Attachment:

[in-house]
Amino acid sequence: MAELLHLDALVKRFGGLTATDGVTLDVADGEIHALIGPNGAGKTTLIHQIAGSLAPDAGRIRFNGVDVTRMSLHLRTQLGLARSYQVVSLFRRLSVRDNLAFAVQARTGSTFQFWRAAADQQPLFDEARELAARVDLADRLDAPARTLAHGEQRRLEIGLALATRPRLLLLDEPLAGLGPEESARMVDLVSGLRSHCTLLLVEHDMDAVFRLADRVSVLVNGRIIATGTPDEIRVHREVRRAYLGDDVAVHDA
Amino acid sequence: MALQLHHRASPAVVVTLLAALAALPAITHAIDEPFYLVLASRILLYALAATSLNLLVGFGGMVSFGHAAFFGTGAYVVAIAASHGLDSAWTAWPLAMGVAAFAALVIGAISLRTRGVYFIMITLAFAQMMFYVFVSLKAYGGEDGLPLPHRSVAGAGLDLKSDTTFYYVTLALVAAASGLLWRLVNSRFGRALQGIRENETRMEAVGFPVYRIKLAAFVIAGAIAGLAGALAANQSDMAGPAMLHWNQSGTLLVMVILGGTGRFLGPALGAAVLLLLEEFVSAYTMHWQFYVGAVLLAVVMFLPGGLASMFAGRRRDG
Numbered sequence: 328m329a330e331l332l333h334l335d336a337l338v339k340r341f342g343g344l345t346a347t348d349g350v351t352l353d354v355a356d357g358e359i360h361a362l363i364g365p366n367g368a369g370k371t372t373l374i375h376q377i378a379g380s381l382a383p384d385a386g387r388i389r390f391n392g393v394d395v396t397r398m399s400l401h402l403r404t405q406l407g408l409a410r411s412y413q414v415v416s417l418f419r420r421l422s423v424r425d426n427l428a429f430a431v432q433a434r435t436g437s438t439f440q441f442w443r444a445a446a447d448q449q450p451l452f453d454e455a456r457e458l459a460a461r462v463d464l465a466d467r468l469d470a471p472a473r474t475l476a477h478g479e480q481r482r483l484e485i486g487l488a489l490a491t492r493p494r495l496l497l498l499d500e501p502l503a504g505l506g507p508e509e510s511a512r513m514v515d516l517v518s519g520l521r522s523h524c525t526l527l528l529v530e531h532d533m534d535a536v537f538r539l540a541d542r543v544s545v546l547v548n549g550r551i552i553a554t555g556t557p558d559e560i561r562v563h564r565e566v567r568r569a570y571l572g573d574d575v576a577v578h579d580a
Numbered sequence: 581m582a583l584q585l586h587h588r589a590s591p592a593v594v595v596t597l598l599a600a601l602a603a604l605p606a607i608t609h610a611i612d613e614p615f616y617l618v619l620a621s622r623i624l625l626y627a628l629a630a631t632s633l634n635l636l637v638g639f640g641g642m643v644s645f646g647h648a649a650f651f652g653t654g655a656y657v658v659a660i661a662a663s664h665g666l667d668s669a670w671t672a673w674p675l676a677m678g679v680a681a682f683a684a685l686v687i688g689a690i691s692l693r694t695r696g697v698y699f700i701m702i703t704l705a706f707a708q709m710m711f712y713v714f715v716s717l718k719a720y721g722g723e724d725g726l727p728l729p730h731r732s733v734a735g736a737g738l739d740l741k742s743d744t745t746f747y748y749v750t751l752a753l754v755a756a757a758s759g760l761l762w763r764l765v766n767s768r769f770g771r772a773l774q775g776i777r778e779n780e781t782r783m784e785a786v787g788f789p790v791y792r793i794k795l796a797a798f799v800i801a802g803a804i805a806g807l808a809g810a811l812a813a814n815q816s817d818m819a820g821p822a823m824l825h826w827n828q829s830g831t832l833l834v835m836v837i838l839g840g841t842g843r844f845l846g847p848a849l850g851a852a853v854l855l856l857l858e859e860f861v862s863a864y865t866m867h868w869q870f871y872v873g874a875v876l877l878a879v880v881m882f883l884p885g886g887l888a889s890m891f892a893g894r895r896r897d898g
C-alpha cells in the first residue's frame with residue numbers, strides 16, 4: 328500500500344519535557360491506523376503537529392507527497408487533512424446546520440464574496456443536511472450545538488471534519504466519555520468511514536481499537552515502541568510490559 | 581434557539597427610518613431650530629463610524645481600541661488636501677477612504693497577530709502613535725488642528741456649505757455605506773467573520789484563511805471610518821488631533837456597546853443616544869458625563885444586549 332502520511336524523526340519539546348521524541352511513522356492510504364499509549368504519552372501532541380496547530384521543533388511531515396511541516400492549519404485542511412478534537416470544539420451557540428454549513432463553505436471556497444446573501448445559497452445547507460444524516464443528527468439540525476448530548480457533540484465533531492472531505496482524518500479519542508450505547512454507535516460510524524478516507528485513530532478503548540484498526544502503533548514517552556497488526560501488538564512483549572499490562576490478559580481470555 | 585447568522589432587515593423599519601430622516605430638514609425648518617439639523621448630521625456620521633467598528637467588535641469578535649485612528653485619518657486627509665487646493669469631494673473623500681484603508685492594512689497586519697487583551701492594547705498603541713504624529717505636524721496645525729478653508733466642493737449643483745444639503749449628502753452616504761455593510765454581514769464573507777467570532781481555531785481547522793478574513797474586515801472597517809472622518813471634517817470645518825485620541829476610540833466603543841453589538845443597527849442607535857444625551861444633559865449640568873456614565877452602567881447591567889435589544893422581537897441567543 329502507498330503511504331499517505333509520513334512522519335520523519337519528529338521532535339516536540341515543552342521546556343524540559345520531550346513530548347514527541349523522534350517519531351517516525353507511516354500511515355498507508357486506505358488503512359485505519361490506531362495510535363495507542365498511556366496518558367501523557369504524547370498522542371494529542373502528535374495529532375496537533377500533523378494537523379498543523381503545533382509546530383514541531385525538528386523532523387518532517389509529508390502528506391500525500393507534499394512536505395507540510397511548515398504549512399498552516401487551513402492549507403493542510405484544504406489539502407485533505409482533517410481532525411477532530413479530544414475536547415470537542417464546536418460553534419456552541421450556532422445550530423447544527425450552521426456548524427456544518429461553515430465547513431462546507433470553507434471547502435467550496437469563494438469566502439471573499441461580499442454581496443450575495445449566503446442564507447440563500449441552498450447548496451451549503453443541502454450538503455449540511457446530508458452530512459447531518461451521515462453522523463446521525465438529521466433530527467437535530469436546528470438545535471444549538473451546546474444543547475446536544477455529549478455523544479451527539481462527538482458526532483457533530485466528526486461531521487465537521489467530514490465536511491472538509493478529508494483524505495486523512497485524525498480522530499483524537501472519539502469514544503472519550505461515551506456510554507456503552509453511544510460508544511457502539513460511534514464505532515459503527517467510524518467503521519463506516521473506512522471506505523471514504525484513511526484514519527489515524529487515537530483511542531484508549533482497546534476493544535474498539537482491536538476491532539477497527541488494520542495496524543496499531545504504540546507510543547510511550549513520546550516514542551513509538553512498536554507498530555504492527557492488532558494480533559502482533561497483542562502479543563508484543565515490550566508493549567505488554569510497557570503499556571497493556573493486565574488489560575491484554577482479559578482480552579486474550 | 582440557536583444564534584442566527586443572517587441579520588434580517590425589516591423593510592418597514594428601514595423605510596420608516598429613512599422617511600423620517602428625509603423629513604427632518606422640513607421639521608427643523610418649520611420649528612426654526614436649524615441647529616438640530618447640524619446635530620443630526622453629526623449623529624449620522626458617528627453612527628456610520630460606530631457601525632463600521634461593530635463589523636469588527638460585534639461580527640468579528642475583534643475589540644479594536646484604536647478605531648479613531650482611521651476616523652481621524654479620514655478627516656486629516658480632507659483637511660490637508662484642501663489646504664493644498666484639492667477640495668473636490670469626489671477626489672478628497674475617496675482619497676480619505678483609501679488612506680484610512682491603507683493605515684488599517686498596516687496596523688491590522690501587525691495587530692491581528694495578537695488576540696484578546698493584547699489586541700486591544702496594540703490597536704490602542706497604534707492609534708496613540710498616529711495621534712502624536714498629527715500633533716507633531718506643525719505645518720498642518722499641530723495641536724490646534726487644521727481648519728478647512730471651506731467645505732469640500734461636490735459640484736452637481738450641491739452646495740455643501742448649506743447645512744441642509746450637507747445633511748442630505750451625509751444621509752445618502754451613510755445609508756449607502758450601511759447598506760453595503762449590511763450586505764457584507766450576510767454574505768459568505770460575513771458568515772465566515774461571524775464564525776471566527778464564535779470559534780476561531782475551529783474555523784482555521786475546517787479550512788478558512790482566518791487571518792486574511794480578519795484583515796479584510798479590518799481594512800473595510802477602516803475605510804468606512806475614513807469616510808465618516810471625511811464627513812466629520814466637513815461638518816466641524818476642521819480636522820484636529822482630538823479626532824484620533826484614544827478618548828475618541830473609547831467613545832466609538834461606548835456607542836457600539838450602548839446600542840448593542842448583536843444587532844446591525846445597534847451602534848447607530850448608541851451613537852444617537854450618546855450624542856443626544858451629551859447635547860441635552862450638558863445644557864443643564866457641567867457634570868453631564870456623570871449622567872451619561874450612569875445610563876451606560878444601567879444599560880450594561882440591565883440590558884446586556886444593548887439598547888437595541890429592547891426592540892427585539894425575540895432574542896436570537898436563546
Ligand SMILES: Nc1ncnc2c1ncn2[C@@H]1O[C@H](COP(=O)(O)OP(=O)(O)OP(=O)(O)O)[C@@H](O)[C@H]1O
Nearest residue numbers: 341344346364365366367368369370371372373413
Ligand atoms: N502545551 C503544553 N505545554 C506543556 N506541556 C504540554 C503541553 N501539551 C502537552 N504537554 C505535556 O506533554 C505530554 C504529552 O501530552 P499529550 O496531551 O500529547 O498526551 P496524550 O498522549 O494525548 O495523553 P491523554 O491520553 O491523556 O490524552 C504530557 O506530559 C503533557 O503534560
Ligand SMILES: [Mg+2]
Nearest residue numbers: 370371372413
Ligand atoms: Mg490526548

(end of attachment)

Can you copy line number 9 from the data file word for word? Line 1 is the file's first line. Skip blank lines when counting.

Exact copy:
Ligand atoms: N502545551 C503544553 N505545554 C506543556 N506541556 C504540554 C503541553 N501539551 C502537552 N504537554 C505535556 O506533554 C505530554 C504529552 O501530552 P499529550 O496531551 O500529547 O498526551 P496524550 O498522549 O494525548 O495523553 P491523554 O491520553 O491523556 O490524552 C504530557 O506530559 C503533557 O503534560